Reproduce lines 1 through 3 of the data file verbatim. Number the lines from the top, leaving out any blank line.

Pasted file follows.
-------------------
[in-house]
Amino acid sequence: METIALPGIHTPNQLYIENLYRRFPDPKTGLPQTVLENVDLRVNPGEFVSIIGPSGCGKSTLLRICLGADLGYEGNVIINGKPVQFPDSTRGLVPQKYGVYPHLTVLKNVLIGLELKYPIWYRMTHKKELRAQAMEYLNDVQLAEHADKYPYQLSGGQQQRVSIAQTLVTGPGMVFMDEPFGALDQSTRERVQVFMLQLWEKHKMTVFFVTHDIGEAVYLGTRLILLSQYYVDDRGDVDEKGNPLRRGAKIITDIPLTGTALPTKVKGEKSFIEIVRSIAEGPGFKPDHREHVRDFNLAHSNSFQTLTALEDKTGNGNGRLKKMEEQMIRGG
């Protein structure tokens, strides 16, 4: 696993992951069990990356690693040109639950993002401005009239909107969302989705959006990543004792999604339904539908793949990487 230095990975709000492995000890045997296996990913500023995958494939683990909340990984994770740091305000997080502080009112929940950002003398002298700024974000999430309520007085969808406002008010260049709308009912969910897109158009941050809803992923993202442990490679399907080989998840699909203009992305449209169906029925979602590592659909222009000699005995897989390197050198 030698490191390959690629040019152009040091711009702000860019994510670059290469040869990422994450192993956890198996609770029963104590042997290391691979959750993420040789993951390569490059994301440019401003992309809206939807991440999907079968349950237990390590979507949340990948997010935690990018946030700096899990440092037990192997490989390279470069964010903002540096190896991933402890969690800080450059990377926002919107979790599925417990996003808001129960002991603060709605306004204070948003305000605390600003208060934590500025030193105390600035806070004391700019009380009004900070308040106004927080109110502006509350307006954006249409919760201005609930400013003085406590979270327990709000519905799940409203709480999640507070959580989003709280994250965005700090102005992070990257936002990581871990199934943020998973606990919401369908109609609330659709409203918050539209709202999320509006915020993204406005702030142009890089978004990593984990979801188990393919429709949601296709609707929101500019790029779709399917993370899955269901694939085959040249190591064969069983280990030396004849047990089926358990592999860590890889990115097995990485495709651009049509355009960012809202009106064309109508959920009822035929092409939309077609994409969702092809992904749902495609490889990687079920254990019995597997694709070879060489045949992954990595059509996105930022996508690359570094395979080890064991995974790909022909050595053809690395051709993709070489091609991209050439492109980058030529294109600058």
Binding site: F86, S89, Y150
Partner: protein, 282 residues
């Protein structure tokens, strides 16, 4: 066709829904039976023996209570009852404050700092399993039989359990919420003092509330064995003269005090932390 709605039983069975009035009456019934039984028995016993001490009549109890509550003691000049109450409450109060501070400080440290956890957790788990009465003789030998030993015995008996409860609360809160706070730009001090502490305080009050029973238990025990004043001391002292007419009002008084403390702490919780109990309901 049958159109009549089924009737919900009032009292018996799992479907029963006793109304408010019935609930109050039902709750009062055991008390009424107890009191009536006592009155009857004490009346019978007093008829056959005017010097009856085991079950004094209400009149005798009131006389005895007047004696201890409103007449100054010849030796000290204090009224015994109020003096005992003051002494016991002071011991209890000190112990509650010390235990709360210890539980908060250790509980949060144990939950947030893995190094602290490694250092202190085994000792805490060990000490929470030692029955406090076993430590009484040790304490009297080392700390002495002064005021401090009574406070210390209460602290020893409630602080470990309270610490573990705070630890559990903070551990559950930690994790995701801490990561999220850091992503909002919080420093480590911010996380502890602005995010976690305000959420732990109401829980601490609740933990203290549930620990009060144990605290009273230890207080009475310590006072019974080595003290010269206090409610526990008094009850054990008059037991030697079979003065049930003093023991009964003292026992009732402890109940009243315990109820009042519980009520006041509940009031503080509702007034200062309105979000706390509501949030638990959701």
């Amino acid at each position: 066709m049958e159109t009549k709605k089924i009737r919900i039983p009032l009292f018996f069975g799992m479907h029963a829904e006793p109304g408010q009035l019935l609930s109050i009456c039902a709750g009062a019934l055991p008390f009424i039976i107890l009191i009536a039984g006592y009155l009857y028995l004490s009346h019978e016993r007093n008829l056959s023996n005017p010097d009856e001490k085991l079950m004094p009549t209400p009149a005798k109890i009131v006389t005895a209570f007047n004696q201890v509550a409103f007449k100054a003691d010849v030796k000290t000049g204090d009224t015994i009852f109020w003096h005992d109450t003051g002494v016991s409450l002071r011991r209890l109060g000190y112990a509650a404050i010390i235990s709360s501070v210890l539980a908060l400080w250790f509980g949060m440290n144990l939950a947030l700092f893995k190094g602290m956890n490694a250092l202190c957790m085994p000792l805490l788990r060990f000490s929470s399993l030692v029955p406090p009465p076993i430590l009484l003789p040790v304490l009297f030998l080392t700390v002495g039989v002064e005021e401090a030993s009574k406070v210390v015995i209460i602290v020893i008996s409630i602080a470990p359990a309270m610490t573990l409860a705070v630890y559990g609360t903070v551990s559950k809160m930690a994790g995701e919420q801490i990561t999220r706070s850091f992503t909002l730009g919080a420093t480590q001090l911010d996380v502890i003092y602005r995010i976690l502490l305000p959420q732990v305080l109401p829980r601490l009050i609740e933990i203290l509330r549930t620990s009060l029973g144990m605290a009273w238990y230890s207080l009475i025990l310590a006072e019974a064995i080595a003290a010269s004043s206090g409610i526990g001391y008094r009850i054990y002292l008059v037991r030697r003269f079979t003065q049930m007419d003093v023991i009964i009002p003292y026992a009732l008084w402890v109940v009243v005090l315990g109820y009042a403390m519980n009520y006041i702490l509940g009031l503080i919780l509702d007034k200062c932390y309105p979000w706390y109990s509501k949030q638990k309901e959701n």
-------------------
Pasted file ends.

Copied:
[in-house]
Amino acid sequence: METIALPGIHTPNQLYIENLYRRFPDPKTGLPQTVLENVDLRVNPGEFVSIIGPSGCGKSTLLRICLGADLGYEGNVIINGKPVQFPDSTRGLVPQKYGVYPHLTVLKNVLIGLELKYPIWYRMTHKKELRAQAMEYLNDVQLAEHADKYPYQLSGGQQQRVSIAQTLVTGPGMVFMDEPFGALDQSTRERVQVFMLQLWEKHKMTVFFVTHDIGEAVYLGTRLILLSQYYVDDRGDVDEKGNPLRRGAKIITDIPLTGTALPTKVKGEKSFIEIVRSIAEGPGFKPDHREHVRDFNLAHSNSFQTLTALEDKTGNGNGRLKKMEEQMIRGG
């Protein structure tokens, strides 16, 4: 696993992951069990990356690693040109639950993002401005009239909107969302989705959006990543004792999604339904539908793949990487 230095990975709000492995000890045997296996990913500023995958494939683990909340990984994770740091305000997080502080009112929940950002003398002298700024974000999430309520007085969808406002008010260049709308009912969910897109158009941050809803992923993202442990490679399907080989998840699909203009992305449209169906029925979602590592659909222009000699005995897989390197050198 030698490191390959690629040019152009040091711009702000860019994510670059290469040869990422994450192993956890198996609770029963104590042997290391691979959750993420040789993951390569490059994301440019401003992309809206939807991440999907079968349950237990390590979507949340990948997010935690990018946030700096899990440092037990192997490989390279470069964010903002540096190896991933402890969690800080450059990377926002919107979790599925417990996003808001129960002991603060709605306004204070948003305000605390600003208060934590500025030193105390600035806070004391700019009380009004900070308040106004927080109110502006509350307006954006249409919760201005609930400013003085406590979270327990709000519905799940409203709480999640507070959580989003709280994250965005700090102005992070990257936002990581871990199934943020998973606990919401369908109609609330659709409203918050539209709202999320509006915020993204406005702030142009890089978004990593984990979801188990393919429709949601296709609707929101500019790029779709399917993370899955269901694939085959040249190591064969069983280990030396004849047990089926358990592999860590890889990115097995990485495709651009049509355009960012809202009106064309109508959920009822035929092409939309077609994409969702092809992904749902495609490889990687079920254990019995597997694709070879060489045949992954990595059509996105930022996508690359570094395979080890064991995974790909022909050595053809690395051709993709070489091609991209050439492109980058030529294109600058």